Yesterday was our traditional Pasley Island Games (PIG) up at Pasley.  We spent Friday night at Bowen and my uncle came and picked us up from the dock to ferry us over to Pasley, where a dozen of my cousins and aunts and uncles were already up.   This year they had a great face painter up in the meadow.  Alice got an Elsa princess crown and Sacha got Spiderman.  There were lots of butterflies and dragons and superheros running around by the end of the races.  

Alice ran in the Maple Leaf race and came first!  Her cousin Makena came in second and it wasn't even like the years when I raced and in my age group there were just three of us running.  I would always get third anyway.  Sacha missed his running race, I am not sure what he was doing when it was called but he came second in the potato sack race.  Alice took part in the potato sack race too and a relay race which her team came third, but it was a generous third and I think it was mainly because her leg of the race she had to sit on a balloon and pop it but she was too light, so she just kept bouncing on it until a spectator came in and sat on it for her, which of course led her to tears because she wanted to pop the balloon BY HERSELF!

After races, lunch and the traditional family photo we hit the water.  Alice had a great time playing in and out of the water with her two little cousins Makena and Chloe.  They were so cute all together.  She figured out that she could float with her life jacket on and swam all around.  Sacha never trusted his life jacket.  He wanted to get in the water and we tried to encourage him for about an hour but he couldn't do it.  Finally with a bit of help, he was nudged into the water, against much protest.  He started screaming his head off.   He was terrified he would drown, that sharks would eat him, that whales would touch him.  I thought if I could calm him down enough to get him to try to float, he would get over it and have fun so I kept him in the water, clinging to me for about 15 minutes.  He never calmed down and finally I just took him back to the dock.  I was in the water for about 2 hours and my shoulders are now sunburned.  It was a fun day.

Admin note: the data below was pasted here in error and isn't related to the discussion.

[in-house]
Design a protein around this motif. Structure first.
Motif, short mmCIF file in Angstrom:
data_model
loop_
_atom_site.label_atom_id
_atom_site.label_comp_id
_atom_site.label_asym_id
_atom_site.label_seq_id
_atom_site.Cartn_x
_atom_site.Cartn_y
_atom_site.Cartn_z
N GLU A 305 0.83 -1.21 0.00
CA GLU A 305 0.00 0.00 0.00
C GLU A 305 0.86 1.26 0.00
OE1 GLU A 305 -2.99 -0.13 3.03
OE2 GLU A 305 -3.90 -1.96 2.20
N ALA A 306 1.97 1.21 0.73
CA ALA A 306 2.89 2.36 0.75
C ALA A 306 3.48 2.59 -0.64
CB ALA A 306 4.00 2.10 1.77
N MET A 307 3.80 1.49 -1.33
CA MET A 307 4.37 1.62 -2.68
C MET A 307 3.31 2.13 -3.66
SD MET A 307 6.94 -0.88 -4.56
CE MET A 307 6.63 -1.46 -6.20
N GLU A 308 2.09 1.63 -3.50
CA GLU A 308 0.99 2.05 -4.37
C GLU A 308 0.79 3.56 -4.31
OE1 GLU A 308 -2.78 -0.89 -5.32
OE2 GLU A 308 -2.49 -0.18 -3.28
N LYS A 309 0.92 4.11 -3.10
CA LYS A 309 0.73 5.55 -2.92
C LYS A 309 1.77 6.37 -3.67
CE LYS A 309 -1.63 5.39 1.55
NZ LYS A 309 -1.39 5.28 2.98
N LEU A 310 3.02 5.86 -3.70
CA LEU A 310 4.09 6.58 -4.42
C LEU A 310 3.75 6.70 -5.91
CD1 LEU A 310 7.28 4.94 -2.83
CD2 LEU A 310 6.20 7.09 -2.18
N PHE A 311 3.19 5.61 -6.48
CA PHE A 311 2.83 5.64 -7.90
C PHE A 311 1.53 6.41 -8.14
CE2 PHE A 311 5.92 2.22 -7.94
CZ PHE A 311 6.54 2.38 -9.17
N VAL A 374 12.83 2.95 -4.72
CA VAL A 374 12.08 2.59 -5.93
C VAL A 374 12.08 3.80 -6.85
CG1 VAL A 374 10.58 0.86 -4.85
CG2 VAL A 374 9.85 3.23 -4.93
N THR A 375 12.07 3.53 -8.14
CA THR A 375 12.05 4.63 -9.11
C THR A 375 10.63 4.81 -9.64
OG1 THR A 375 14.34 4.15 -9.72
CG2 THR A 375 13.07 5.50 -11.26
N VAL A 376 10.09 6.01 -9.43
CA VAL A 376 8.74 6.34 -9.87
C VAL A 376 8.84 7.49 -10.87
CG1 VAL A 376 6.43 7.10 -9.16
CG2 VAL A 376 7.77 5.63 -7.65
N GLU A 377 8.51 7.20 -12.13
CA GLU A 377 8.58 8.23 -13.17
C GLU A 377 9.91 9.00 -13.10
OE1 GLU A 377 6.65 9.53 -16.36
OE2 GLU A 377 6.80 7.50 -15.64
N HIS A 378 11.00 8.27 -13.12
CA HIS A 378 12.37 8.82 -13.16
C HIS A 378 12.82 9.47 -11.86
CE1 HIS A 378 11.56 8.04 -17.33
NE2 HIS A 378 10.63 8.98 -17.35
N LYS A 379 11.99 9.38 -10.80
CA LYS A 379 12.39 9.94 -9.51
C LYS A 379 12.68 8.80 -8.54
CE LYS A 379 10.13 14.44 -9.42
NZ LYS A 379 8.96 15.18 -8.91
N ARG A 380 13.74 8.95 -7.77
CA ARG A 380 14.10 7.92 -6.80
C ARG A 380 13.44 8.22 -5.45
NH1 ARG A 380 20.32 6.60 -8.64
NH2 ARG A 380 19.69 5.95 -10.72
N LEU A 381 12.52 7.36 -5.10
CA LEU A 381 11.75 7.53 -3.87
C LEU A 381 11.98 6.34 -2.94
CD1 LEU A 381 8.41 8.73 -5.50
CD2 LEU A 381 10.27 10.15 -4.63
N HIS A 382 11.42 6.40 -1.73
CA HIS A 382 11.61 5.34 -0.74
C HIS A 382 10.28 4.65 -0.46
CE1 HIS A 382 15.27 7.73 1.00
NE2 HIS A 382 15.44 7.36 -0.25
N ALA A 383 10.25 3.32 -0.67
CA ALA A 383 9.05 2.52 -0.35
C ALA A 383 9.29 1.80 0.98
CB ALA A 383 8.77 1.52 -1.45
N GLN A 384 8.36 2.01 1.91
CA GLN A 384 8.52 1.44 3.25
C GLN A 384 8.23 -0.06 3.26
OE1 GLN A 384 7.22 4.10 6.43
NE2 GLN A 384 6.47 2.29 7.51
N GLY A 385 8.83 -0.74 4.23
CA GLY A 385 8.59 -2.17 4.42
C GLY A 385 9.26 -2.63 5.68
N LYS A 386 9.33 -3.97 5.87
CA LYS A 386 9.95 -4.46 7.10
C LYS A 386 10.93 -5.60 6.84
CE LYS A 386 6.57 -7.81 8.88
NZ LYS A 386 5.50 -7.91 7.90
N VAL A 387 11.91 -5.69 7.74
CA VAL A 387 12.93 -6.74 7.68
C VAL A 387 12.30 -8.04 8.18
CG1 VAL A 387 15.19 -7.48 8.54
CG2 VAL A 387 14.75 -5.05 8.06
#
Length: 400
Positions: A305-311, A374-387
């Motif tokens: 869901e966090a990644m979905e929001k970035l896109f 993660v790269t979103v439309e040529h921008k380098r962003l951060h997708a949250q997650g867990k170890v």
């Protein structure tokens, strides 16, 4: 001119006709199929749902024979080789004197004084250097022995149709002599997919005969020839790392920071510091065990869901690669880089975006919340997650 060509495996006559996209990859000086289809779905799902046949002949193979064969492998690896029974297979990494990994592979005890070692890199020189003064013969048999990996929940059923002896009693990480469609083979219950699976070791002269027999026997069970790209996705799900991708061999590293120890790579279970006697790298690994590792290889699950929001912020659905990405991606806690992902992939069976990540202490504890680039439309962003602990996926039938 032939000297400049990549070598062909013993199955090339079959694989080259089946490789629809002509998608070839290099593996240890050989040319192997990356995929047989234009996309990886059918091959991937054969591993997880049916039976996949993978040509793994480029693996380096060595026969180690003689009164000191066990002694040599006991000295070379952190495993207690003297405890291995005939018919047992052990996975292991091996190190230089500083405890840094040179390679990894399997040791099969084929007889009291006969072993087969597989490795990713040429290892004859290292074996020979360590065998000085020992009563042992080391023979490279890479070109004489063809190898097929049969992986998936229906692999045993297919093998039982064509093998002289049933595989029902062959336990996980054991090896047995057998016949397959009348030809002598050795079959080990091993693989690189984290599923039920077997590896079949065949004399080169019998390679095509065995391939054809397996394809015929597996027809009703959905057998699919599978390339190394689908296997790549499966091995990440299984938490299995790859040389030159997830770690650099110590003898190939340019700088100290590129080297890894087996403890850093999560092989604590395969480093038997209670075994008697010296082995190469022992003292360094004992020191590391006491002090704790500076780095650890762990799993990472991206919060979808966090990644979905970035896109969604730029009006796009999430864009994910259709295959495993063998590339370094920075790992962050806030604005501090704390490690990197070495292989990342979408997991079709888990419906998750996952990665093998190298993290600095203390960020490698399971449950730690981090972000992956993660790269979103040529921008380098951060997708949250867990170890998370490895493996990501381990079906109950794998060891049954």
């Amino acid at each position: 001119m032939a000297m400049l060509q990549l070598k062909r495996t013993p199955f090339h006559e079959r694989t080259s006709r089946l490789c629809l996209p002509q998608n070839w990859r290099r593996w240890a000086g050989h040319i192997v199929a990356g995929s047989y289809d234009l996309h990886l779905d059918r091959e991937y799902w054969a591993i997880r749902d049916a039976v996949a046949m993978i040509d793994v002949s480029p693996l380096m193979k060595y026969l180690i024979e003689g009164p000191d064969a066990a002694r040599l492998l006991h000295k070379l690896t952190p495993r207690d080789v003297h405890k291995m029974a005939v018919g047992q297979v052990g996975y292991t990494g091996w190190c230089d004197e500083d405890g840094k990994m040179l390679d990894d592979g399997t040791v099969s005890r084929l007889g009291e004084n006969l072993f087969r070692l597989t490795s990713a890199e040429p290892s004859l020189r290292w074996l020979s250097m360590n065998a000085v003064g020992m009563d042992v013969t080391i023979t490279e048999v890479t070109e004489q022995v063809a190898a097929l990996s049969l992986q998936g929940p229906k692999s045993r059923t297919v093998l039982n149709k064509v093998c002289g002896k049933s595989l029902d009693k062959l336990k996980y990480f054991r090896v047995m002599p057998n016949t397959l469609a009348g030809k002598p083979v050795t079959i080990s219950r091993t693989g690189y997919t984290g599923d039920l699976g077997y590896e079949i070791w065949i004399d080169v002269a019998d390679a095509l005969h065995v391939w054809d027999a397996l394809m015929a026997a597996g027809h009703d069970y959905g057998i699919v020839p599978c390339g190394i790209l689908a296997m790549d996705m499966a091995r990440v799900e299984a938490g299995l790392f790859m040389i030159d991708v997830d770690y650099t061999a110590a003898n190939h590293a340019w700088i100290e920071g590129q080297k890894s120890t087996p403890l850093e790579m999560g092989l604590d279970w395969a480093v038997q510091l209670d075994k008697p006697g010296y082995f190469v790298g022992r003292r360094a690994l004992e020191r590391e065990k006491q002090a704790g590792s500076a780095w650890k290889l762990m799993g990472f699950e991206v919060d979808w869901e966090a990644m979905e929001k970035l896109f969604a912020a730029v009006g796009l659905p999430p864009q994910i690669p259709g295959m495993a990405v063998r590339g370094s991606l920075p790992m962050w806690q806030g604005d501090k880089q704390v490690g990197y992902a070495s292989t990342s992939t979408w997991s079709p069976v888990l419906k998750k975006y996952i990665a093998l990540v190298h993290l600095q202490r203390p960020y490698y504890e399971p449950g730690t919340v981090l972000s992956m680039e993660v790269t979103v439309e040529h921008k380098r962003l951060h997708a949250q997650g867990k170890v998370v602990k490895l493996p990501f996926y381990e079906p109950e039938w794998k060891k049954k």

Today, Dad heads home and we leave for our road trip in a could hours, we spent the morning cleaning and packing.  We are going to meet up for a late lunch with Dad and Margot and then head on our way to Glacier National Park in Montana.  I have pics of PIG but they are on my camera which is already packed up and in the car. I will post them later.


  

Tuesday, July 29, 2014

Now and Then


2014


2009

Those goats sure shrank over the last 5 years at Maplewood Farms!